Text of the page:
The Bankruptcy of Multiculturalism

Al-Jazeera has issued a report about a young Saudi woman who after meeting with a man not related to her was abducted and raped by seven men. If that was not horrible enough, the Saudi court system actually punished the woman for meeting with the man before the kidnapping and rape took place. The court called her crime “illegal mingling”. She received a sentence of 200 lashes and six months in jail – originally the sentence was 90 lashes but the woman spoke to the media and as a result her punishment was increased.

Under Saudi law, women are subject to numerous horrible restrictions including a prohibition against meeting with unrelated men (this obviously affects men as well). Other restrictions include a strict dress code and a prohibition against traveling without a man’s permission (hell, women in SA cant even get surgery without a man’s “ok”). Moreover, it is illegal in Saudi Arabia for women to vote, drive, or testify in court (unless it is about a private matter and not observed by a male).

This could be a landmark case in Saudi Arabia as its injustice is so glaring and its details made public. There have been efforts by King Abdullah bin Abdulaziz to reform the legal system as to improve the rights of Saudi women. This court decision will test the new reforms of the king.

Now I am just as for multi-culturalism as any other liberal. Like polar bears, I think that cultures ought to be preserved. However, there are some places where one ought to draw an ethical line. I am in complete agreement with the French-Arab intellectual Amin Maalouf who writes that, “Traditions deserve to be respected only insofar as they are respectable – that is, exactly insofar as they themselves respect the fundamental rights of men and women.”

Fortunately, the decision of the Saudi court has caused an international uproar. Human rights organizations, in addition to Canada, have called on the Saudi government to intervene and save the girl from further pain and humiliation.

Unfortunately, the United States, ever the champion of human rights and democracy in the Middle East, has approched this case in a multiculturalist fasion. When asked to comment, Sean McCormack, a spokesman for the US state department, said: “This is a part of a judicial procedure overseas in the court of a sovereign country.”

The Al-Jazeera article points out that since the US is trying hard to “court” Saudi Arabia into attending and supporting the forthcoming Palestinian-Israeli peace summit, it can ill afford to piss off the Saudi government.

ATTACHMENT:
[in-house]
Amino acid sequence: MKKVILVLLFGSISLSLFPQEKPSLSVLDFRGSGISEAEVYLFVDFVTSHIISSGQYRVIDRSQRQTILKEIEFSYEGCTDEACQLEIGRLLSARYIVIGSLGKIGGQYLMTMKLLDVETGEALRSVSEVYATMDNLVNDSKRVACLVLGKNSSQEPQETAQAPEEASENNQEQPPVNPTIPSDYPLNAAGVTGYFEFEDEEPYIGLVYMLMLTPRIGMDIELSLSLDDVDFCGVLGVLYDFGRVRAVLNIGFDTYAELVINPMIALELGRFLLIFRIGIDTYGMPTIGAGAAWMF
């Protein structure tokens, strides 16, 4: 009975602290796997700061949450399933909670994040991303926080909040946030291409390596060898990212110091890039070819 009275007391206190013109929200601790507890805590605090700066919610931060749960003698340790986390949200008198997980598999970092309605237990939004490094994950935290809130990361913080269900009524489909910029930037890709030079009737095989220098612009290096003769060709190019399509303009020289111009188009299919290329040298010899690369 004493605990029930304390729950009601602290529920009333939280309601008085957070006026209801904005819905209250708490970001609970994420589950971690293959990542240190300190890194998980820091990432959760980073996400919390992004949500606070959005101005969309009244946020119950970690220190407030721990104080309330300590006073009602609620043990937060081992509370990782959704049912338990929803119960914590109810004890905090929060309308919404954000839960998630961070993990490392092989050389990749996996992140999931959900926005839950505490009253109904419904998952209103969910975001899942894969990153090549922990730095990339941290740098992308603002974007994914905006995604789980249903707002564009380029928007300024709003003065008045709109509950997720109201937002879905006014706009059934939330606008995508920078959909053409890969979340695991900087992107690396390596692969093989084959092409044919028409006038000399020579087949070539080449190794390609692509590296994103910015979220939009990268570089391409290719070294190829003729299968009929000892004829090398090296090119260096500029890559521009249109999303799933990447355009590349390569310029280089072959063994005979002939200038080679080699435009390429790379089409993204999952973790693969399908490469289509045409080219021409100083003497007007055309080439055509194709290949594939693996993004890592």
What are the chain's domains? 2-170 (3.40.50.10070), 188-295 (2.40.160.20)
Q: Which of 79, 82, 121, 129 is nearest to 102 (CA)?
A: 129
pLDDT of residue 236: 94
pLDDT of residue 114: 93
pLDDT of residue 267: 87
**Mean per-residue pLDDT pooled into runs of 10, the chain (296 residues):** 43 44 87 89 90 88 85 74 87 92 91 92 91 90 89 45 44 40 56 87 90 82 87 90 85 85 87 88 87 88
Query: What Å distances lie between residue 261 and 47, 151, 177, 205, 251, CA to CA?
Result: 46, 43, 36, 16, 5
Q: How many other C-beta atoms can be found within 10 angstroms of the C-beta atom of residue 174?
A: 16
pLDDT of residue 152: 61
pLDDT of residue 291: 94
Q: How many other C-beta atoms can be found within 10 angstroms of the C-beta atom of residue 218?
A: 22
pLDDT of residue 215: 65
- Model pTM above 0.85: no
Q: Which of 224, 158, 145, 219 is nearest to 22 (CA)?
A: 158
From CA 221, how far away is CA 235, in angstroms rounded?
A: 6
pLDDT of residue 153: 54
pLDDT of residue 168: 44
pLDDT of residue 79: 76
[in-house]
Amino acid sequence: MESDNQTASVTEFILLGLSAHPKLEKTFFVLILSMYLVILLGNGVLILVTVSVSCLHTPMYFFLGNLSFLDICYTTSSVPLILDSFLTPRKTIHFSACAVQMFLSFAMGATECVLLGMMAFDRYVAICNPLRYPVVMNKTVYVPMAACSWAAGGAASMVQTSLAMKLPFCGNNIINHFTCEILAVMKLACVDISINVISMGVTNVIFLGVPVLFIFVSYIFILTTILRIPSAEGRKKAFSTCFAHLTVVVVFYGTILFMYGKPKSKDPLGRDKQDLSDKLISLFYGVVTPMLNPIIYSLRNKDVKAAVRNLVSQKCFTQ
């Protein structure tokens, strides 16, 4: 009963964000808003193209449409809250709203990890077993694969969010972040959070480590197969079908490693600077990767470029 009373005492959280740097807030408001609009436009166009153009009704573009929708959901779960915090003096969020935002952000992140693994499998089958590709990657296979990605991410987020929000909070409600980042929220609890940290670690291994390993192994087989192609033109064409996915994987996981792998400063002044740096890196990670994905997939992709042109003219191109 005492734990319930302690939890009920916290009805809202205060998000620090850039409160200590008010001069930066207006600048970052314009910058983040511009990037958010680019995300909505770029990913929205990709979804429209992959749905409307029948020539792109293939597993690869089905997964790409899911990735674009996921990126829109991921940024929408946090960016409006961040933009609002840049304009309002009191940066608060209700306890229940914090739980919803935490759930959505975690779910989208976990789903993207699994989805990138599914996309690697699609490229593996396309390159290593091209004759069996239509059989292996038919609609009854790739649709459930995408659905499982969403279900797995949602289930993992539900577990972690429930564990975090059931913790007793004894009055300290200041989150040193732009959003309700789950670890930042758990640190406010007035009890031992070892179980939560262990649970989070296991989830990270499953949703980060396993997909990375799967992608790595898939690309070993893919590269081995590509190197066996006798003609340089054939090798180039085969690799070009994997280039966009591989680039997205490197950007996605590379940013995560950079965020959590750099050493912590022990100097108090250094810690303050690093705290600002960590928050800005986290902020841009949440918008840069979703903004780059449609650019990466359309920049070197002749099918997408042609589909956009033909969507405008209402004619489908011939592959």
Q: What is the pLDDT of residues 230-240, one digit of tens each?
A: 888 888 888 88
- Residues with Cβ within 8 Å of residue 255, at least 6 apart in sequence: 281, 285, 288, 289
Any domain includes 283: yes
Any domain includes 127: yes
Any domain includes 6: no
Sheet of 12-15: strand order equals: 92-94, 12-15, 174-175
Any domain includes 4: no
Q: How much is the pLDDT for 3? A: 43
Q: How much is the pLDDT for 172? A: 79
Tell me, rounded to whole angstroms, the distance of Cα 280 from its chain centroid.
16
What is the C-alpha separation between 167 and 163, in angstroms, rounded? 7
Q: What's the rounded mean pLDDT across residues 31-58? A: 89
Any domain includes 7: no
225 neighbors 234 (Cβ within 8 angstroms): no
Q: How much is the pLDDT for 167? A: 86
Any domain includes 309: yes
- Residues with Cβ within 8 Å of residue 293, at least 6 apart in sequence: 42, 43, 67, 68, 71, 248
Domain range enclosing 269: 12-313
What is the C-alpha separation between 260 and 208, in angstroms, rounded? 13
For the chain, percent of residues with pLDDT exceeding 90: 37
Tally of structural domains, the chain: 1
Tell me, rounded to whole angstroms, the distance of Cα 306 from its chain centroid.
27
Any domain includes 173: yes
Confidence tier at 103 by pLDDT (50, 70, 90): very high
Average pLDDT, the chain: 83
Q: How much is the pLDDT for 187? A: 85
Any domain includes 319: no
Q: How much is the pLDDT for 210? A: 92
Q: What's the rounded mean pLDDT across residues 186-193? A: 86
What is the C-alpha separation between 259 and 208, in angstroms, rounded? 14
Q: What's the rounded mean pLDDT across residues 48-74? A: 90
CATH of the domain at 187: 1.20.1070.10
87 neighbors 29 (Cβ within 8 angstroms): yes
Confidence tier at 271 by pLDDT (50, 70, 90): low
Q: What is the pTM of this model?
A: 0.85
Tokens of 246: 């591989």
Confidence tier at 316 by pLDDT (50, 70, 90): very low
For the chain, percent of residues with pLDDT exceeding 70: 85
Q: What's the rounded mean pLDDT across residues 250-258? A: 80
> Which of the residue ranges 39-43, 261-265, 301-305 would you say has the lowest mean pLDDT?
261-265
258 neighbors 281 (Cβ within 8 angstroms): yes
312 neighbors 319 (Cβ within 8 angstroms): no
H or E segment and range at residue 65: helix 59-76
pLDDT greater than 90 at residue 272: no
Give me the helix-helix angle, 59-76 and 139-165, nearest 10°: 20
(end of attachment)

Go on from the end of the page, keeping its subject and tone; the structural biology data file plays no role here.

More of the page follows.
Well, if the US won’t do it, perhaps we can get Jamie Fox to do it. Do I smell a sequel to The Kingdom?


7 responses to “The Bankruptcy of Multiculturalism

  1. This is a beautiful piece. I am not sure I understood the last part reJamie Fox. can you explain please

  2. I got up, almost first I do, is looking for a new article in your blog,was disappionted not to find one…..
    I will wait and try again.

  3. I feel so pissed of everytime I read about women conditions in SA. I don’t know when the government will put end to this farce… I agree with Maaoulf as well. So much that I’m going to present on his book “In the name of Identity” next week in my Post Colonial Studies course. I’m particularly going to talk about Chapter 2 “Modernity and the other” I know it’s one of your favourit books. Got any suggestions for my presentation? I’m working on it this weekend and it’s gonna be on Monday! I’m so excited! 🙂

  4. I second everything you wrote, I would like to add that I believe if King Abdullah really wanted reform he would put an end to this sort of injustice and immediately release the woman out of jail. In order for reform or change the people must stand up and fight for their rights.

  5. Great you wrote about this.
    I think this blog is a good combination of your talent, knowledge and sensibility about human rights.

  6. The system is Saudi Arabia is ideal for the men there. Since the courts and the political system are controlled by men, I don’t see where the initiative for change is going to come from. Women cannot speak up for change because both the law and their own family will severely punish them for it. Furthermore, western criticism and pressure has never changed a Muslim society in any significant way.

    The King is limited by the religious leaders in how much reform he can effect. Personally, I think it will take a large group of very radical, outspoken Saudi men within the country to change things. But, how likely is it that that will happen?

  7. Pingback: Saudi Rape Victim Pardoned « Roi Word Weblog

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